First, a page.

Hill & Szrok Public House (CLOSED)
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The team behind the Broadway Market butchers opens up an Old Street pub with a focus on meat.
Please note, Hill & Szrok Public House has now closed. Time Out Food editors, March 2019.
When a pub has cows on the wallpaper, it’s a statement of intent. Not that it should come as a surprise: the original Hill & Szrok, after all, was a 25-seat no-bookings supper club by night, and a butcher by day. It was hugely, annoyingly popular, with queues that snaked down the street. So to deal with demand they finally opened this – a proper pub with a proper dining room, and meat they’ve butchered themselves.
They buy everything – from chickens to cows – as carcasses, then carve it up at the butcher’s. Not one bit goes to waste, so expect brawn and kidneys alongside the high-end blackboard steaks. Meat is aged on site and there’s both a charcoal grill and a spit roast. And the meat – ohhhh, the meat – is cooked to perfection.
Case in point was a simple pork chop. So often dry or bland, this came thick-cut, juicy and bursting with meaty flavour. Best of all, the kitchen had gone to the trouble of cutting deep notches into its rind – much like the crenellations on a turret – so the fat would all crisp up into crackling. It was so mind-bendingly delicious, I’m still dreaming about it now. A ribeye steak was in a similar league, with its charred outer and bouncy pink middle. The quality of the meat – which is both free-range and slow-grown – was unmistakable. Chicken hearts were plump, gamey little nuggets, served on buttery toast with a drizzle of garlicky sauce. So far, so wonderful.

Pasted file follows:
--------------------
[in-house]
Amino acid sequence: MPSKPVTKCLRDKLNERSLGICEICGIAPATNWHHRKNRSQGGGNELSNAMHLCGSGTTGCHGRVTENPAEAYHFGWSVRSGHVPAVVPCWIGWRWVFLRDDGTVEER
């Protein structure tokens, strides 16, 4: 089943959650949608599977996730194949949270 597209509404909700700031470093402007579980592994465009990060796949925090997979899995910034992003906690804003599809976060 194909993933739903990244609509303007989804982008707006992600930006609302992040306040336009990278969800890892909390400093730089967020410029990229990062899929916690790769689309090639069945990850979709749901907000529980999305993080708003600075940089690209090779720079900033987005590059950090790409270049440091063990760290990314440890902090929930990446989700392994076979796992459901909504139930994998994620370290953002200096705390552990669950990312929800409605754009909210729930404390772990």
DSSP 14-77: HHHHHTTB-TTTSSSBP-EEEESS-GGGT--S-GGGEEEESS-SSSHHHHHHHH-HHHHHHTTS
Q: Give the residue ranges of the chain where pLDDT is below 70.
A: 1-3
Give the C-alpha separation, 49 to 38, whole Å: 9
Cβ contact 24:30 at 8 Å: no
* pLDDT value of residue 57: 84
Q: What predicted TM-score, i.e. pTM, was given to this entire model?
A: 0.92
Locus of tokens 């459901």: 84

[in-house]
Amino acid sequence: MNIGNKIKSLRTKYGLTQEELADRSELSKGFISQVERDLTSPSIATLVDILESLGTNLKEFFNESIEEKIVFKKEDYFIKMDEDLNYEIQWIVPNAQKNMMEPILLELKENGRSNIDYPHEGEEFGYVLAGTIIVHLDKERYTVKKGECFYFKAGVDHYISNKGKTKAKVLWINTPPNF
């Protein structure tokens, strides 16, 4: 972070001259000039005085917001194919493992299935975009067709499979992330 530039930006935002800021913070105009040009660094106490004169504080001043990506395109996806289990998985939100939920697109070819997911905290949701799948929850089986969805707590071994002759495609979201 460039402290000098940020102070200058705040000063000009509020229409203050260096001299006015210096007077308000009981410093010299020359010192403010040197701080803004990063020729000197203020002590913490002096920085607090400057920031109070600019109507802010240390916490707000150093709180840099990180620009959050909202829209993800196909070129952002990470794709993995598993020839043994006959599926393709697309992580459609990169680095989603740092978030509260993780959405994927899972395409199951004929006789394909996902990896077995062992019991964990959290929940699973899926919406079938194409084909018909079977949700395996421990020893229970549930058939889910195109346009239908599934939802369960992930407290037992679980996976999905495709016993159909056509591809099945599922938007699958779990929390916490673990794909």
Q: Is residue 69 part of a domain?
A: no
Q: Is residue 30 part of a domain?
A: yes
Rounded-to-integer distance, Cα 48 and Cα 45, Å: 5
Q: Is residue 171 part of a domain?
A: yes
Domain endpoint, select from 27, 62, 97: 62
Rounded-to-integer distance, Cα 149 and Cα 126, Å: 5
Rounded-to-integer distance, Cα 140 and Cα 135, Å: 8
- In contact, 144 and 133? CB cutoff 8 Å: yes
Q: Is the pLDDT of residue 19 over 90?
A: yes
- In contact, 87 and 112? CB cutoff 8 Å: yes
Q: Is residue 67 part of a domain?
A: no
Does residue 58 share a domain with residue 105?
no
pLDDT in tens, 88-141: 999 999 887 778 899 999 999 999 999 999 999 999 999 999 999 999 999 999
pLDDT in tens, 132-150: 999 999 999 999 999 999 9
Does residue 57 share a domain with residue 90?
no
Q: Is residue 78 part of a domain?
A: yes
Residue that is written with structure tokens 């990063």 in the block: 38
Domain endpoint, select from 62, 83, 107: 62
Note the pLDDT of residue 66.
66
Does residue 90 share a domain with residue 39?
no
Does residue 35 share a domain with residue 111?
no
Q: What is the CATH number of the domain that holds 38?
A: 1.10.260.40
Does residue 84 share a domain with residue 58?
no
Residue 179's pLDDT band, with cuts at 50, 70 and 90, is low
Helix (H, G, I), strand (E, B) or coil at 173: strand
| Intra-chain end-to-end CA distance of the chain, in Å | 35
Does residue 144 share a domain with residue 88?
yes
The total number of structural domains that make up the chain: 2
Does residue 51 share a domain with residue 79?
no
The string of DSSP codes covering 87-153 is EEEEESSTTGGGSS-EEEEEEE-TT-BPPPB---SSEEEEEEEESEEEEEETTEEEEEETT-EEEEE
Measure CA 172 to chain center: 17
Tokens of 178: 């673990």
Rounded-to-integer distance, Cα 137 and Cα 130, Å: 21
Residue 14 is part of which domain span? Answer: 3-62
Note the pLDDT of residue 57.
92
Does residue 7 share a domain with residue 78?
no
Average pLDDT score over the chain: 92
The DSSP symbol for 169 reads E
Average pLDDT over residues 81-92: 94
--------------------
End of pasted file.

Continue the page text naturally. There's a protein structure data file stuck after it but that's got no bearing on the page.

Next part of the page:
But the meal was not without its flaws. Both grilled meats came with over-engineered house condiments (such as an overly sweet, caraway-studded apple sauce with the chop) that distracted from, rather than enhanced the main event. Sprouting broccoli was overcooked; a dessert of deep-fried rice pudding lacklustre. Only a hispi cabbage, cleaved in half and smothered with anchovy and chilli, flew the flag away from the meat.
But service is chummy and obliging, and the cosy, semi-smart space extremely inviting, especially in winter. So take my advice. Go when you want the quality of a meal made with meat from your friendly artisanal butcher, but none of the faff. Oh and before you leave – have a closer look at that wallpaper – those are some very naughty cows.